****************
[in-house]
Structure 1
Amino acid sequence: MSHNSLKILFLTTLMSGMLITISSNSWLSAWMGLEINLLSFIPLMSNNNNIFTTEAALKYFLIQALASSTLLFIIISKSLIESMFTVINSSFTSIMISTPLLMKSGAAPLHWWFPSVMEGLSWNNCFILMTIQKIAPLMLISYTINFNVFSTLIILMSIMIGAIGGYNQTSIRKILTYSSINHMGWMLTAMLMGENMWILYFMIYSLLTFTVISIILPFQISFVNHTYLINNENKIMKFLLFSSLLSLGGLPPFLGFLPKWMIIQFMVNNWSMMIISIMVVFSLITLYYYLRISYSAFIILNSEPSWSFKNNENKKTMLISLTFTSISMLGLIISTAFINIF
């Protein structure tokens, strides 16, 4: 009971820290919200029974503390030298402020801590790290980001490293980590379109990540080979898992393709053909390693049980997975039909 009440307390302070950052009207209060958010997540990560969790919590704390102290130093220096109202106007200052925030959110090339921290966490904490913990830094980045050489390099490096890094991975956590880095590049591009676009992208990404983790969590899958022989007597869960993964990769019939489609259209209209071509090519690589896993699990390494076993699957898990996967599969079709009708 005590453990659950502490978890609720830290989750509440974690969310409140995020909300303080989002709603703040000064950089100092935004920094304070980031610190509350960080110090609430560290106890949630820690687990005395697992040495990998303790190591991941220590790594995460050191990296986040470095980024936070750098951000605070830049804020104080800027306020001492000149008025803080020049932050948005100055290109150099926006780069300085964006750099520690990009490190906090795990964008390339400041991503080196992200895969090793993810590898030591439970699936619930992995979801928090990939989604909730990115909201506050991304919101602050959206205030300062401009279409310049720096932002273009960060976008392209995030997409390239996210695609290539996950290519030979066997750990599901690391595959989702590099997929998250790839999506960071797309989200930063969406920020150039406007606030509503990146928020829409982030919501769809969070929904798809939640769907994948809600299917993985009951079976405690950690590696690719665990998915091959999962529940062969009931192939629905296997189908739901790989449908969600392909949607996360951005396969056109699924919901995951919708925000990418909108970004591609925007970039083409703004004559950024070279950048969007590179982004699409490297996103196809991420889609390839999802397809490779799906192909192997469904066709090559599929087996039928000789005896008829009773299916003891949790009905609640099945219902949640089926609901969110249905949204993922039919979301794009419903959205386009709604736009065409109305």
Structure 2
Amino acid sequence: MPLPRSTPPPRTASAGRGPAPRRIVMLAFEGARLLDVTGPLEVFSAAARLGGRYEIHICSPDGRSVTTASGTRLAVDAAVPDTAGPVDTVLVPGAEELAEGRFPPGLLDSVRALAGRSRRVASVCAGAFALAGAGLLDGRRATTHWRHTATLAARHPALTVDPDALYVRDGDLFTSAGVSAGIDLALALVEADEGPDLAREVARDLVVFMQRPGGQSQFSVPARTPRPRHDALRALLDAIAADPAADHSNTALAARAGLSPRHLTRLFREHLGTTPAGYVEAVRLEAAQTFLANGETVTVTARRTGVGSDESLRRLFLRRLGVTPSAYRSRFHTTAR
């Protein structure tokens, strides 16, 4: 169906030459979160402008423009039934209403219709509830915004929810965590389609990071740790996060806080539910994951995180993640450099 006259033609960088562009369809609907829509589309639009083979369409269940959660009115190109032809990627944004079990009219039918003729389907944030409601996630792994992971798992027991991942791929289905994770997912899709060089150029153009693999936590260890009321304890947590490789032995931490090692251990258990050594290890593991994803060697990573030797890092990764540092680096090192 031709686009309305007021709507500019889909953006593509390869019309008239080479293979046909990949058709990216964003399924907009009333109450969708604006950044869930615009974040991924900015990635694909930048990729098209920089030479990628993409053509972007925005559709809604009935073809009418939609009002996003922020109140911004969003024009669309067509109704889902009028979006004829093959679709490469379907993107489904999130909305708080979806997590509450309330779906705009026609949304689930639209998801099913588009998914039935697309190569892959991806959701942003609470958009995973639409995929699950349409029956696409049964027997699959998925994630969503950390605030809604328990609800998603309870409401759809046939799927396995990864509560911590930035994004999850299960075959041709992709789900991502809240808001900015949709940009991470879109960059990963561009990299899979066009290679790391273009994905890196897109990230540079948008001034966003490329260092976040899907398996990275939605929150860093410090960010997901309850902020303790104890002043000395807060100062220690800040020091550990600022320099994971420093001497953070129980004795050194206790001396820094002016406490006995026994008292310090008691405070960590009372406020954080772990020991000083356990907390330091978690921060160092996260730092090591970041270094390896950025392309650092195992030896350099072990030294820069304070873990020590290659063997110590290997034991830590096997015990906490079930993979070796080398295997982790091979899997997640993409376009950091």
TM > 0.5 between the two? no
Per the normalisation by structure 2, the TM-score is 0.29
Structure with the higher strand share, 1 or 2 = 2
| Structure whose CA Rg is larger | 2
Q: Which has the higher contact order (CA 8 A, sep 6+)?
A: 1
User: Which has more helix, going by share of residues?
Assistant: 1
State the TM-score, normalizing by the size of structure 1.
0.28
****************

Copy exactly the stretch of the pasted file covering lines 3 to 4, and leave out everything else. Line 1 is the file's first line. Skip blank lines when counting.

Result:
Amino acid sequence: MSHNSLKILFLTTLMSGMLITISSNSWLSAWMGLEINLLSFIPLMSNNNNIFTTEAALKYFLIQALASSTLLFIIISKSLIESMFTVINSSFTSIMISTPLLMKSGAAPLHWWFPSVMEGLSWNNCFILMTIQKIAPLMLISYTINFNVFSTLIILMSIMIGAIGGYNQTSIRKILTYSSINHMGWMLTAMLMGENMWILYFMIYSLLTFTVISIILPFQISFVNHTYLINNENKIMKFLLFSSLLSLGGLPPFLGFLPKWMIIQFMVNNWSMMIISIMVVFSLITLYYYLRISYSAFIILNSEPSWSFKNNENKKTMLISLTFTSISMLGLIISTAFINIF
């Protein structure tokens, strides 16, 4: 009971820290919200029974503390030298402020801590790290980001490293980590379109990540080979898992393709053909390693049980997975039909 009440307390302070950052009207209060958010997540990560969790919590704390102290130093220096109202106007200052925030959110090339921290966490904490913990830094980045050489390099490096890094991975956590880095590049591009676009992208990404983790969590899958022989007597869960993964990769019939489609259209209209071509090519690589896993699990390494076993699957898990996967599969079709009708 005590453990659950502490978890609720830290989750509440974690969310409140995020909300303080989002709603703040000064950089100092935004920094304070980031610190509350960080110090609430560290106890949630820690687990005395697992040495990998303790190591991941220590790594995460050191990296986040470095980024936070750098951000605070830049804020104080800027306020001492000149008025803080020049932050948005100055290109150099926006780069300085964006750099520690990009490190906090795990964008390339400041991503080196992200895969090793993810590898030591439970699936619930992995979801928090990939989604909730990115909201506050991304919101602050959206205030300062401009279409310049720096932002273009960060976008392209995030997409390239996210695609290539996950290519030979066997750990599901690391595959989702590099997929998250790839999506960071797309989200930063969406920020150039406007606030509503990146928020829409982030919501769809969070929904798809939640769907994948809600299917993985009951079976405690950690590696690719665990998915091959999962529940062969009931192939629905296997189908739901790989449908969600392909949607996360951005396969056109699924919901995951919708925000990418909108970004591609925007970039083409703004004559950024070279950048969007590179982004699409490297996103196809991420889609390839999802397809490779799906192909192997469904066709090559599929087996039928000789005896008829009773299916003891949790009905609640099945219902949640089926609901969110249905949204993922039919979301794009419903959205386009709604736009065409109305």